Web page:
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MOCA looks on the bright side of 30

November 12, 2009 |  4:24 pm

Moca2 A couple hundred museum supporters and members of the press jammed the foyer of the Museum of Contemporary Art on Thursday morning to hear remarks in advance of a preview of "Collection: MOCA's First Thirty Years." The show -- 500 works by 200 artists, drawn from the museum's exceptional permanent collection -- fills both the main building and the Geffen Contemporary, the museum's warehouse space in Little Tokyo.

The press event inaugurates several days of special previews for the show, which opens to the public Sunday. (I'll have a review of the exhibition early next week.) Admission is free through Friday, Nov. 20, thanks to underwriting from Ovation TV.

Not surprisingly, given MOCA's horrifying near-collapse 11 months ago from many years of living far beyond its means, today's speechifying focused like a laser on the upbeat. Eli Broad, whose foundation stepped in with a $15-million matching grant plus $15-million for programming, acted as emcee.

“MOCA has no debt,” he said.

Mayor Antonio Villaraigosa thanked Broad and other assembled trustees for “the turn-around.” Councilwoman Jan Perry, whose district includes the museum, enthused, “What a difference a year makes!”

Interim CEO (and former UCLA Chancellor) Charles Young, chief curator Paul Schimmel and gala chair and trustee Maria Bell also spoke. Bell said Saturday night's gala, "designed" by Italian artist Francesco Vezzoli, should gross $3.5 million from a thousand guests, making the event MOCA’s biggest fundraiser ever. Everyone seem pleased.

They have good reason to be, given the magnitude of what was almost lost. Tough work followed in the last year, including a downsized staff and trimmed exhibition program. And MOCA is not out of the woods yet; fund-raising continues in a very difficult economic environment while the search for a director has just begun.

Still, there's reason for optimism. And all the difficulties are very easy to forget when you're in the galleries looking at the art.

-- Christopher Knight

Photo: Eli Broad speaks at the press preview for "Collection: MOCA's First Thirty Years," with Mark Rothko's 1953 painting "No. 61" hanging on the wall behind him. Credit: Christopher Knight/Los Angeles Times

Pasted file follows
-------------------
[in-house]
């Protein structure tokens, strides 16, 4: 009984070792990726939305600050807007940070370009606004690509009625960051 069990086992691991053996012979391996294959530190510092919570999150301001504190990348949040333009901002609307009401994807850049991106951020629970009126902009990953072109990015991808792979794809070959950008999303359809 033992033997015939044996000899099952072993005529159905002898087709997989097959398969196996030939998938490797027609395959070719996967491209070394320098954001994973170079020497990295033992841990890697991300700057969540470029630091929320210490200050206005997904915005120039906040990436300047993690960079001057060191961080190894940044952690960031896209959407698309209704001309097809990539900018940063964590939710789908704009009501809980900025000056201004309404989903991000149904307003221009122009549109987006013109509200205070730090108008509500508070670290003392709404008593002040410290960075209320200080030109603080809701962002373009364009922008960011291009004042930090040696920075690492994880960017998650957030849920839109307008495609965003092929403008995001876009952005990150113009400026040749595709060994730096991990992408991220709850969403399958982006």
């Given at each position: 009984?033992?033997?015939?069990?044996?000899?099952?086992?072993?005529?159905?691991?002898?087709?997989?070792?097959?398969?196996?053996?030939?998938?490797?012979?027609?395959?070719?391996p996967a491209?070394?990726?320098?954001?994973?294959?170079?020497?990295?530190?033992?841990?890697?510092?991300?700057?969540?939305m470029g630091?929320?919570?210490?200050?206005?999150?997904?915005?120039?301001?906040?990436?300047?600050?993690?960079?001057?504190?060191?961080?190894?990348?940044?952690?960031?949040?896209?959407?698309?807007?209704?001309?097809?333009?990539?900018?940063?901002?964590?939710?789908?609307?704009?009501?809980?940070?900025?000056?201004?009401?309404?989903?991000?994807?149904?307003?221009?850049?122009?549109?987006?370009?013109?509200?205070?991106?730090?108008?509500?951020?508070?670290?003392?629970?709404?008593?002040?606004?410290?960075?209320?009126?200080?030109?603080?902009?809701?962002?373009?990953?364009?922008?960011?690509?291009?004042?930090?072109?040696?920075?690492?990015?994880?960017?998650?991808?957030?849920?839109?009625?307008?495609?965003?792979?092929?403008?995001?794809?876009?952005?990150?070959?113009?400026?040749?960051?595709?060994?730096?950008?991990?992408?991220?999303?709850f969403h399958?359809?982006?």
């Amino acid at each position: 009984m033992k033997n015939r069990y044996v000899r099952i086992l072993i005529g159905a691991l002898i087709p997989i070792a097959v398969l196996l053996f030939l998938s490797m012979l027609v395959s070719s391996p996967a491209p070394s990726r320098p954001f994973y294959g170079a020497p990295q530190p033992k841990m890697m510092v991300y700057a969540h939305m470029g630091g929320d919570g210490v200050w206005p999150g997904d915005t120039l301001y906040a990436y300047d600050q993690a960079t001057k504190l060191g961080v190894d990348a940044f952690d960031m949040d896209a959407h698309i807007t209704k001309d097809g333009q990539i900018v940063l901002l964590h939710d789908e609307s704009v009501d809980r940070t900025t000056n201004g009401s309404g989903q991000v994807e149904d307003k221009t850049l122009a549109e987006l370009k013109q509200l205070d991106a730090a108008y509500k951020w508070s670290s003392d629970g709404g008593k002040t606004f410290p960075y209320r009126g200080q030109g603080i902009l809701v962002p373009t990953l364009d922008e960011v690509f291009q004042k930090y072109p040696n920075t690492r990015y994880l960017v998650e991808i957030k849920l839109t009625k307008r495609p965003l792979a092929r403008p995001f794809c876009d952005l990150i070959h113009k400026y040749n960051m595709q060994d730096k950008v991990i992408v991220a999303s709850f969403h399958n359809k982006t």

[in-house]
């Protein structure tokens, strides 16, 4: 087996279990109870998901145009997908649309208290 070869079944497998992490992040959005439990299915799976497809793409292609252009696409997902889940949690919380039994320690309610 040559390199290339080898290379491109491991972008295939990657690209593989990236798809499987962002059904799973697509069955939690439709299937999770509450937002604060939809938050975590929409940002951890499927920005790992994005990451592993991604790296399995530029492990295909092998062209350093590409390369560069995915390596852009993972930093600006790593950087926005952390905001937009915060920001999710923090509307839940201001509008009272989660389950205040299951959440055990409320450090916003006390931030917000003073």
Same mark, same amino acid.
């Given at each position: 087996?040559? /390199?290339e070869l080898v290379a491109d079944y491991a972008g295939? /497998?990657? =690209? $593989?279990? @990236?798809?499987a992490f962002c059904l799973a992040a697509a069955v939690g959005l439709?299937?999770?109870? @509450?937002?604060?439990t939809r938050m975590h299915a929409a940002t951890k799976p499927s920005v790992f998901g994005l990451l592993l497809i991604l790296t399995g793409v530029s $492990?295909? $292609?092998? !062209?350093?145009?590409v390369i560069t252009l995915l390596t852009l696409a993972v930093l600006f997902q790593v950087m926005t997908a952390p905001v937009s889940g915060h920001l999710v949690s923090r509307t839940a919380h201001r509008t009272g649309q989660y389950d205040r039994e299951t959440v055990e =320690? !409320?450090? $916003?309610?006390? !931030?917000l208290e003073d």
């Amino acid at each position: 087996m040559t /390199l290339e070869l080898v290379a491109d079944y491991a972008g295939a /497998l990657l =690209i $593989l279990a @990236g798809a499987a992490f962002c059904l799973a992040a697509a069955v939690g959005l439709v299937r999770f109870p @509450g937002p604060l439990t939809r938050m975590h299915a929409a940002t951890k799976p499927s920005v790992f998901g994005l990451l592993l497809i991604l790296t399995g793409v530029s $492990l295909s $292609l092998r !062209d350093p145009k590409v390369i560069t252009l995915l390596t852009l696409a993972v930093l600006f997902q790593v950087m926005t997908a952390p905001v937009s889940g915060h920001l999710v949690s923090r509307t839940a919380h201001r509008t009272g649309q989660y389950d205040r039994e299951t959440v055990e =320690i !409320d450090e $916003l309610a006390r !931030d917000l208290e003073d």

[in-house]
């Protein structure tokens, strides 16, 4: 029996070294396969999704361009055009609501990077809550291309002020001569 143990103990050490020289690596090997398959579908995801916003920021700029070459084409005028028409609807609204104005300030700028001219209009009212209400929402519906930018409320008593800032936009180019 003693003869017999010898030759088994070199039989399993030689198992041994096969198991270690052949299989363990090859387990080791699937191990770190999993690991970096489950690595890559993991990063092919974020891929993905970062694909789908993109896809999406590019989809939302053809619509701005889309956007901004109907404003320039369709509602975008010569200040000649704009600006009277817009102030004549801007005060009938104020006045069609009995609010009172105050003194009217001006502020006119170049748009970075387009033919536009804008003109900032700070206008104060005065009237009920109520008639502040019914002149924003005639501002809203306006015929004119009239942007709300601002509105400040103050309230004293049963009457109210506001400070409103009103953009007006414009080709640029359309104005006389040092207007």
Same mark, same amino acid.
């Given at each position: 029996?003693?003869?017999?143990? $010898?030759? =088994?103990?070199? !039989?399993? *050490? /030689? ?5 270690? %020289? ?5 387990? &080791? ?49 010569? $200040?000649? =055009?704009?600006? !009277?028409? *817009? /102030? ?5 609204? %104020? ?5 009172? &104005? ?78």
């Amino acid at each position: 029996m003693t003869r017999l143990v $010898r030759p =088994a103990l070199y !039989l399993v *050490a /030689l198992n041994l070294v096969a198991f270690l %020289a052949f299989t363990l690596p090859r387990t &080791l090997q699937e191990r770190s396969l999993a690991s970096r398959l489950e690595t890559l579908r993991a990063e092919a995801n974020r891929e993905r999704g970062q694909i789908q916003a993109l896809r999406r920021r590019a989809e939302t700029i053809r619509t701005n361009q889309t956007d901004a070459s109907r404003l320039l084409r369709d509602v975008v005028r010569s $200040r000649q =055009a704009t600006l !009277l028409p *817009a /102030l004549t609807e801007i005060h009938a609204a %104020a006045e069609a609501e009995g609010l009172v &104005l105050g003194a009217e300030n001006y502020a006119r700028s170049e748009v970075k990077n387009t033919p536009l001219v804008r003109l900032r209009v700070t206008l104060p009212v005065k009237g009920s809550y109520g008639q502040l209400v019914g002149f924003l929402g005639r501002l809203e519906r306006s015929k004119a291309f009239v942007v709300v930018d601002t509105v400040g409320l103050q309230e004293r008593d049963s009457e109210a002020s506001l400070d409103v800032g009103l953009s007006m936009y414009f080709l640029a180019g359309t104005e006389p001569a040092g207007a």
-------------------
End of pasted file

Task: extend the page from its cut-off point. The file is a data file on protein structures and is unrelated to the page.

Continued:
Related stories:

MOCA pyramid MOCA's biggest exhibition to celebrate 30th anniversary

MOCA faces serious financial problems

MOCA has gifts, officers and trustees; pronounces finances fixed

MOCA celebrates 30 years and a rebirth

Comments () | Archives (2)

I hope it is better lit and stronger work than the last show, with thousands of human fake eyelashes sewn together and other such absurdities to amuse those with too much time and money on their hands.

The best show MoCA ever had was that first one with many of these same works all those years ago at the Temporary Contemporary, which had beautiful lighting for the Rothkos and others. Til ruined by Gehry, painted over skylights, with huge, awkward areas to spotlight weak works. It lost its comfortable humanity, and became a sterile plalyground. As is the main buidling, far too large, far too high of walls, far too arrogant architects thinking themselves sculptors, instead of creating flow and ease and well lit buildings for a purpose, One failing in contemporary arts architecture, which are about glorifying the patrons. Mausoleums, not museums.

art collegia delenda est

Has anyone noted the reek of mildew at the main MOCA? I could barely stand it. Does the problem have a serious fungus problem?


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